• Any loss of your use of the property while it was not reasonably clean. See also the section on “‘Quiet enjoyment’ disturbed” on this page

Property not vacant when you move in

By law, the rental provider must ensure the property is vacant on the day you are due to move in [section 65].  The meaning of ‘vacant’ includes that no-one else is living there and that no-one else’s belongings are left there.

You may be able to claim compensation if the rental provider or agent breaches this duty.

You need to show both your loss and its cause to make your claim, so remember to keep evidence of the problem and your costs.

Examples

For example, if someone is still living at the property on the day you are due to move in, or you rented the property unfurnished but could not move in because it was full of the rental provider’s or previous renter’s belonging, you could claim compensation for:

  • Any rent you have paid until the property is vacant and you can move in
  • Other costs and inconveniences you incurred because you could not move in until the property was vacant, such as having to pay to stay somewhere else

Alternatively, if you moved in but could not use all the property because it was being used to store other people’s belongings, you can ask the rental provider to remove them and could claim compensation for not being able to use, and enjoy, the whole property until this was done.

In another example, if you rented a property with a garage but cannot use it because it is full of the rental provider’s belongings you could claim compensation for not being able to use that part of the property until the time it was cleaned out and made vacant.

See also the section on “‘Quiet enjoyment’ disturbed” on this page.

Compensation for other reasons

Compensation is not limited to the breaches on this page. You may also be able to claim for other problems you have with your rental agreement, or with the rental provider not following the law or the rental agreement.

This could include claiming compensation in these circumstances:

  • You are illegally evicted [section 91P] – see our Evictions page
  • The rental provider unlawfully disposes of your goods or personal documents [section 396] – see our Goods left behind page
  • Misrepresentations by the rental provider, such as promising products or services but not providing them [section 30E]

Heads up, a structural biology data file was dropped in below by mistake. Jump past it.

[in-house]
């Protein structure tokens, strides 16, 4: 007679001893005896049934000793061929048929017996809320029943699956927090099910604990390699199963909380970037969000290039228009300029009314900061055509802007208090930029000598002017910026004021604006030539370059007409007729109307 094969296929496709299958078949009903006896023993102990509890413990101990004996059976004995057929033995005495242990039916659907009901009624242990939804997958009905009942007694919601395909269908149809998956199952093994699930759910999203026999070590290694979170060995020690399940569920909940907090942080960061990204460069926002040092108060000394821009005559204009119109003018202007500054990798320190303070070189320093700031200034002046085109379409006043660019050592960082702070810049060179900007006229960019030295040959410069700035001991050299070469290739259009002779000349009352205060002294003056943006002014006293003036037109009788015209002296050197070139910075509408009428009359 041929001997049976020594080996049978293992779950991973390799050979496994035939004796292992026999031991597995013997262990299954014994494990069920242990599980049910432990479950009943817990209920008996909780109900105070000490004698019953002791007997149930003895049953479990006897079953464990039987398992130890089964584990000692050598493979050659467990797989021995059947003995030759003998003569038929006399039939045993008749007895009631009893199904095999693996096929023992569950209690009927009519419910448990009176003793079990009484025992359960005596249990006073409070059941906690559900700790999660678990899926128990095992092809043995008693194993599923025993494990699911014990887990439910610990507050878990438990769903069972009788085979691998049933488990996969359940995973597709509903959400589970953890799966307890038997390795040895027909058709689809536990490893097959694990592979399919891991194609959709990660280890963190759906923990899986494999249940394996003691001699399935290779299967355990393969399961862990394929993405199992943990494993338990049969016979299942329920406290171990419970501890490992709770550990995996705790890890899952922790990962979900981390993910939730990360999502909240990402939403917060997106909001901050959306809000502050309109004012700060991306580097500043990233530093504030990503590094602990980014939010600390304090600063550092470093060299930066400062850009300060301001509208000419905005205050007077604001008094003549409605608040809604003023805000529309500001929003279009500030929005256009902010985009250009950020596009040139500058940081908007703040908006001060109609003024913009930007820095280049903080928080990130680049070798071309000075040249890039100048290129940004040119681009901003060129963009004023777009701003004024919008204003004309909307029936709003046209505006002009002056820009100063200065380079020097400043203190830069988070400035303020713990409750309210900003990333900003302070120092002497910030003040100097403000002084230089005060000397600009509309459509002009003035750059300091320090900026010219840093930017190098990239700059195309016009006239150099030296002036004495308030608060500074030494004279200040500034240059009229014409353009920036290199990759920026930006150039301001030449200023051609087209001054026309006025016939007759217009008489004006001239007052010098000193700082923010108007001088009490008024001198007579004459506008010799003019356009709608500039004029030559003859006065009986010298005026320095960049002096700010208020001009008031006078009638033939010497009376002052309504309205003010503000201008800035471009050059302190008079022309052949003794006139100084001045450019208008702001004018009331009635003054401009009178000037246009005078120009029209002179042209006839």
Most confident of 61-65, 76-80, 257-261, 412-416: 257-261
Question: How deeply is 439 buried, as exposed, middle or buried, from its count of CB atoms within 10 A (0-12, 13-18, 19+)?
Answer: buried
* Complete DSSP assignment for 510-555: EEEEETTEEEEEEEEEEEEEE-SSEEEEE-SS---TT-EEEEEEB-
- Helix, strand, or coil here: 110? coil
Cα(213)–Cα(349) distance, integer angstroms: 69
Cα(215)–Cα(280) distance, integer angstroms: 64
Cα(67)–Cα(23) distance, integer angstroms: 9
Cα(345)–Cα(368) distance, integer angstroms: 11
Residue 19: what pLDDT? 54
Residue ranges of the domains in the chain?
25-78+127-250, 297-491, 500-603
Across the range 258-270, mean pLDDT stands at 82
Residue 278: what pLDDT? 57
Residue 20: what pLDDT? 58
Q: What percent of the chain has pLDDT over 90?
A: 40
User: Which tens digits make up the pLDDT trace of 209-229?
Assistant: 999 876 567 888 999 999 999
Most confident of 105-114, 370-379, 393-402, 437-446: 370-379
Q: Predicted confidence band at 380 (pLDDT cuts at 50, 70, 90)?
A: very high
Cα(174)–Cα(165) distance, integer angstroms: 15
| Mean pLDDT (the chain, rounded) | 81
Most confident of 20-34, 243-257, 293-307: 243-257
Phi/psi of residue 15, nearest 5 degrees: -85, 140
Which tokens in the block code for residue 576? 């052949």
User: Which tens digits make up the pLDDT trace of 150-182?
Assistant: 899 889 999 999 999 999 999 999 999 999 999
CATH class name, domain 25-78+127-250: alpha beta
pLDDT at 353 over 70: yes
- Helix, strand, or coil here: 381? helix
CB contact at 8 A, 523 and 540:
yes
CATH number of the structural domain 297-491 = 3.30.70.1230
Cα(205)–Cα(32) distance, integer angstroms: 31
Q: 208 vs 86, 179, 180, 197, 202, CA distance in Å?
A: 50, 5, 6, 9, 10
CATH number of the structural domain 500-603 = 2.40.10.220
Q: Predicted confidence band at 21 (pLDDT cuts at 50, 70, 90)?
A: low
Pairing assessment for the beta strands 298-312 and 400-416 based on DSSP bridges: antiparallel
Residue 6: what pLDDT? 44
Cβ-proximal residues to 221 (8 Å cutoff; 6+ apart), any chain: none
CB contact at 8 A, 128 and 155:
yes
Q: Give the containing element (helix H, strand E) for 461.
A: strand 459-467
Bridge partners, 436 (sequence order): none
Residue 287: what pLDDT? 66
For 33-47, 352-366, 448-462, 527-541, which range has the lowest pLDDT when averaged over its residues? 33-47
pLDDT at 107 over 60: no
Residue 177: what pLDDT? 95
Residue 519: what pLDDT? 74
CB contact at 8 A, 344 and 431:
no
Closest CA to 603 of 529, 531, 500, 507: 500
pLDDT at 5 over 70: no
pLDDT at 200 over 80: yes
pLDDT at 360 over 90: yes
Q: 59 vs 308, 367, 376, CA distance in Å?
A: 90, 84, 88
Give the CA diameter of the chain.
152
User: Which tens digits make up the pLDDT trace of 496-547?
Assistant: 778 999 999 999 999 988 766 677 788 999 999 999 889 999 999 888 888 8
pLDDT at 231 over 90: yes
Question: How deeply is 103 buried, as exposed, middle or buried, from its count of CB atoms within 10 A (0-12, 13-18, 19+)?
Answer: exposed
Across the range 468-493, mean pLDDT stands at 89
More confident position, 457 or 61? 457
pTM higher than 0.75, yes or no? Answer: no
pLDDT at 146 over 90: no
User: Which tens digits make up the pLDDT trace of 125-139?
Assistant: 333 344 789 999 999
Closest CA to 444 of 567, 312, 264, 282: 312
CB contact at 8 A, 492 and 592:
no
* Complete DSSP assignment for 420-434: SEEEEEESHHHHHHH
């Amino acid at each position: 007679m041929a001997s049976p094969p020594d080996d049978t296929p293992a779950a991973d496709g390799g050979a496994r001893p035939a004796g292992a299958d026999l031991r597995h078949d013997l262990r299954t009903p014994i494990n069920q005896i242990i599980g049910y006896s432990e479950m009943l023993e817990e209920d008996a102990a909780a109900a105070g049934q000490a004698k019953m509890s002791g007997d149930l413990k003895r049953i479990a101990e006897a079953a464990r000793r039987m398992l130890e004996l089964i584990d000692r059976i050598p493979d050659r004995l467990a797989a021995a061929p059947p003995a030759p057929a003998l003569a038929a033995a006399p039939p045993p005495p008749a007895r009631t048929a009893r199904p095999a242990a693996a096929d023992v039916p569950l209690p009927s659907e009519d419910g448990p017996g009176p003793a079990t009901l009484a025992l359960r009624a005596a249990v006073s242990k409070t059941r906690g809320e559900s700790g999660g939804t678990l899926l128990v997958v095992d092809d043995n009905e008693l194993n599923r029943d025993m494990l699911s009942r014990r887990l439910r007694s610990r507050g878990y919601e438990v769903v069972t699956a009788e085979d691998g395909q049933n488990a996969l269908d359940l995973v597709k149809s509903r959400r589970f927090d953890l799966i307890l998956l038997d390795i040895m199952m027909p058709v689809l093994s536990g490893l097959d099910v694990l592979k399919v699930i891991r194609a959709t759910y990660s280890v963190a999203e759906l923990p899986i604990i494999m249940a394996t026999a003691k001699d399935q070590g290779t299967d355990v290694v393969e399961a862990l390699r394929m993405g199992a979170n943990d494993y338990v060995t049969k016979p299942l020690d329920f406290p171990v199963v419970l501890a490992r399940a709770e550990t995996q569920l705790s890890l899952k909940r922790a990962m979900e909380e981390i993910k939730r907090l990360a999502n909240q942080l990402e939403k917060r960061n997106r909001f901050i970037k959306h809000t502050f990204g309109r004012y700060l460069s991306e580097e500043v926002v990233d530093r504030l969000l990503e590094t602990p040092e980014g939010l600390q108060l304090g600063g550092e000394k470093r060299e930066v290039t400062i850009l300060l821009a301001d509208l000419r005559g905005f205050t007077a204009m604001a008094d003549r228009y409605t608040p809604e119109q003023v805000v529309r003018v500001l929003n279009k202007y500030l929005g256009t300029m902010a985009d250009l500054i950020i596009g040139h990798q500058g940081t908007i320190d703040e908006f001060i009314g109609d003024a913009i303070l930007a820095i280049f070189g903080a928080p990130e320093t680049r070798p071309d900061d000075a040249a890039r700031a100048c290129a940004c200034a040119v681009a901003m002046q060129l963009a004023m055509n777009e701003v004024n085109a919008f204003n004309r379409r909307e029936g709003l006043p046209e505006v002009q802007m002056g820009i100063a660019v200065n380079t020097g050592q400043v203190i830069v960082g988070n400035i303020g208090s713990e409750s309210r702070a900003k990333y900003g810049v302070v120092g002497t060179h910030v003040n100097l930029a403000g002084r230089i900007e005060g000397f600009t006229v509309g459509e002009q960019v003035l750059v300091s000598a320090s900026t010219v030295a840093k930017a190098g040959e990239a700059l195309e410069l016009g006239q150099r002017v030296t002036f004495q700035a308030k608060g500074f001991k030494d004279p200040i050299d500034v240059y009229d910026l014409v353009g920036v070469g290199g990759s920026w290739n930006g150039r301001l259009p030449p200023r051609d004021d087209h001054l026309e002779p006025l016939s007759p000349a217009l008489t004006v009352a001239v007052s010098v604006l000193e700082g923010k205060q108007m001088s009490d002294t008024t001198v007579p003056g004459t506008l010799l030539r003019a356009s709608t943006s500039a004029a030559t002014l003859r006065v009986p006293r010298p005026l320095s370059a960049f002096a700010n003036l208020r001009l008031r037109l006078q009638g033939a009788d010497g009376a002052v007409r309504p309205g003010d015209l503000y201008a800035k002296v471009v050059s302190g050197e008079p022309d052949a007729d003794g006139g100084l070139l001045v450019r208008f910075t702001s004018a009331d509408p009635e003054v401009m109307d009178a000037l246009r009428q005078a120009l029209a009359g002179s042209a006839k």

• Your belongings are damaged when the rental provider, agent or someone they invite enters your home [section 90]
  • You are charged for electricity, gas or water where there is no separate meter [section 53] – see our Utility charges page
  • The rental provider reduces or withdraws services, facilities or other items at the home
  • Invalid rent increases [section 44] – see our Rent increases page
  • The rental provider refuses to return overpaid rent
  • The rental provider refuses to return a holding deposit you paid to hold the property while you were deciding if you wanted to rent it [section 50]
  • Significant inconveniences you have experienced as a result of the rental provider failing to follow the law or the rental agreement
  • Discrimination [sections 30A, 210AA]. For more information see our page Applying for a rental property
  • You are not given keys or security devices, such as entry fobs, or enough for all renters on the agreement [section 54A]

This is not a full list—there may be other areas not mentioned here where you could claim. If your situation is not dealt with here, we recommend you contact us, your local Tenancy Assistance and Advocacy Program (TAAP) service for people in private rentals, Tenancy Plus provider for renters in public and community housing, or community legal centre for advice on your particular situation.

Illegal eviction

If the rental provider wants you to move out they must follow all the steps in the law, which include VCAT granting them a possession order if it is ‘reasonable and proportionate’ to do so [sections 91B, 91P and 330]. Once all the legal steps are followed, only the police can evict you. If anyone else tries to evict you, you should call the police immediately. See our pages Notice to vacate and Eviction.

You can claim compensation if the rental provider illegally evicts you.

You need to show both your loss and its cause to make your claim, so remember to keep evidence of the problem and your costs.

Example

For example, you can claim for inconveniences, costs, loss or damage you have suffered because of the rental provider’s illegal actions, including these circumstances:

  • You have to pay to stay somewhere else while you could not access your home
  • Your belongings were damaged or destroyed during the illegal eviction
  • You suffered inconveniences as a result of being illegally evicted

Illegally removing your goods

It is against the law for the rental provider to take or dispose of your belongings because you owe them rent [section 49].

The rental provider also must not take or dispose of your belongings if you left them behind when you moved out, unless they first follow all the steps in the law [section 396].  See our page Goods left behind.